This is a fascinating book. Fascinating, important and inspiring, this collection of ‘amazing women’ fully deserves a place in every school.
This beautifully presented book, fully illustrated throughout, is original in both concept and style. Readers are able to learn about a number of courageous and remarkable women from ancient history to the present day. Each mini-biography is introduced by Wafa’ Tarnowska in an inviting storytelling style that instantly engages the reader. The wide variety of women included, from ancient rulers to astronauts, from writers to ice skaters, come from every possible walk of life and from different countries within the Middle East. Young readers will be able to find one among these who could act as a role model. This brilliant book does much to challenge stereotypes and would be wonderful to share in the classroom either as a book to read aloud, for research or for independent reading for pleasure. There is a helpful map of the countries and a useful glossary is included too. I found this an enjoyable and eye opening read and think this is suitable for a wide readership. An excellent example of how nonfiction is able to broaden minds and educate all ages about our global community.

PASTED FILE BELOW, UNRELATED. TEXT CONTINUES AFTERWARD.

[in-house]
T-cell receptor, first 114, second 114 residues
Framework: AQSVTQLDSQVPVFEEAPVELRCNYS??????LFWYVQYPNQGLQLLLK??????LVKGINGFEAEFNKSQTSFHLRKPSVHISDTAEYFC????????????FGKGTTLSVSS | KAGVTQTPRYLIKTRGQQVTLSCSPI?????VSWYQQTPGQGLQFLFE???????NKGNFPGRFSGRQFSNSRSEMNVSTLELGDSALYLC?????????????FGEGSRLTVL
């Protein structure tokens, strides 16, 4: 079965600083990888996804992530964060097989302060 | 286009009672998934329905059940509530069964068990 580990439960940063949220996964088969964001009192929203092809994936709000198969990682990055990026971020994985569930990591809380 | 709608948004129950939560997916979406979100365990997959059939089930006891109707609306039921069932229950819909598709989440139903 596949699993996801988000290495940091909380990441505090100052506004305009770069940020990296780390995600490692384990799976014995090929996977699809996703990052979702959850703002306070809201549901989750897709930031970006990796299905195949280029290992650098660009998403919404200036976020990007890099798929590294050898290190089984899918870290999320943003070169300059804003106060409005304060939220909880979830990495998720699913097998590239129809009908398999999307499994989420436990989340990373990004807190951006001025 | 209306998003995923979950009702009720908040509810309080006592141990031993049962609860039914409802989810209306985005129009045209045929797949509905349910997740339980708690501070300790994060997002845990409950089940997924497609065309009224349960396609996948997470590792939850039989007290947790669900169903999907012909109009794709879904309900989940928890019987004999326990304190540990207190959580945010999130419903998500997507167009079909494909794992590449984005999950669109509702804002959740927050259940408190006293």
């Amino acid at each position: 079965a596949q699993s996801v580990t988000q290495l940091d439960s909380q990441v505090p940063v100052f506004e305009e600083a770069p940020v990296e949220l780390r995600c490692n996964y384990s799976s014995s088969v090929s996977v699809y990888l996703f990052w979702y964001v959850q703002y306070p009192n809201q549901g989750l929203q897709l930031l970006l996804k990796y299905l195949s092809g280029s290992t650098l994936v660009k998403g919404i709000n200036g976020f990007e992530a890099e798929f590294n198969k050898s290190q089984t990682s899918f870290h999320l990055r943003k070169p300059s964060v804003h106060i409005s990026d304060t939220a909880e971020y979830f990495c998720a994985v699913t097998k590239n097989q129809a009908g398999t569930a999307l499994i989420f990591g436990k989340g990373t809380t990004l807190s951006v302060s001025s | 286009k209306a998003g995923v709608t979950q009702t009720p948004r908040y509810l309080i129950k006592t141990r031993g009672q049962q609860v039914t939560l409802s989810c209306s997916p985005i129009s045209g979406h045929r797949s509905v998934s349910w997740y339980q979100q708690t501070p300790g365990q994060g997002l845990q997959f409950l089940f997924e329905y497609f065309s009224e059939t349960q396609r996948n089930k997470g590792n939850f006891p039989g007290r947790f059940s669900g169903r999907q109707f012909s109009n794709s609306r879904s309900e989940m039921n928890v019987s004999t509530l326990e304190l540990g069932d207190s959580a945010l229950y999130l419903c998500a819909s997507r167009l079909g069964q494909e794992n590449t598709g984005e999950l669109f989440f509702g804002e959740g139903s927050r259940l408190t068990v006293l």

Amazing Women of the Middle East by Wafa’ Tarnowska illustrations by Christelle Halal, Hoda Hadadi, Sahar Haghgoo, Estelí Meza, Margarida Esteves is published by Pikku Publishing on 20th September.
The online launch takes place at 7pm on 20th September and promises to be an enjoyable event. If you would like an invitation, you can email email@example.com.
Wafa’ Tarnowska has generously taken time to answer my questions on the blog today and I hope you find this interview as inspiring as I did. Wafa’ deserves a place in her own book!
Interview with Wafa’ Tarnowska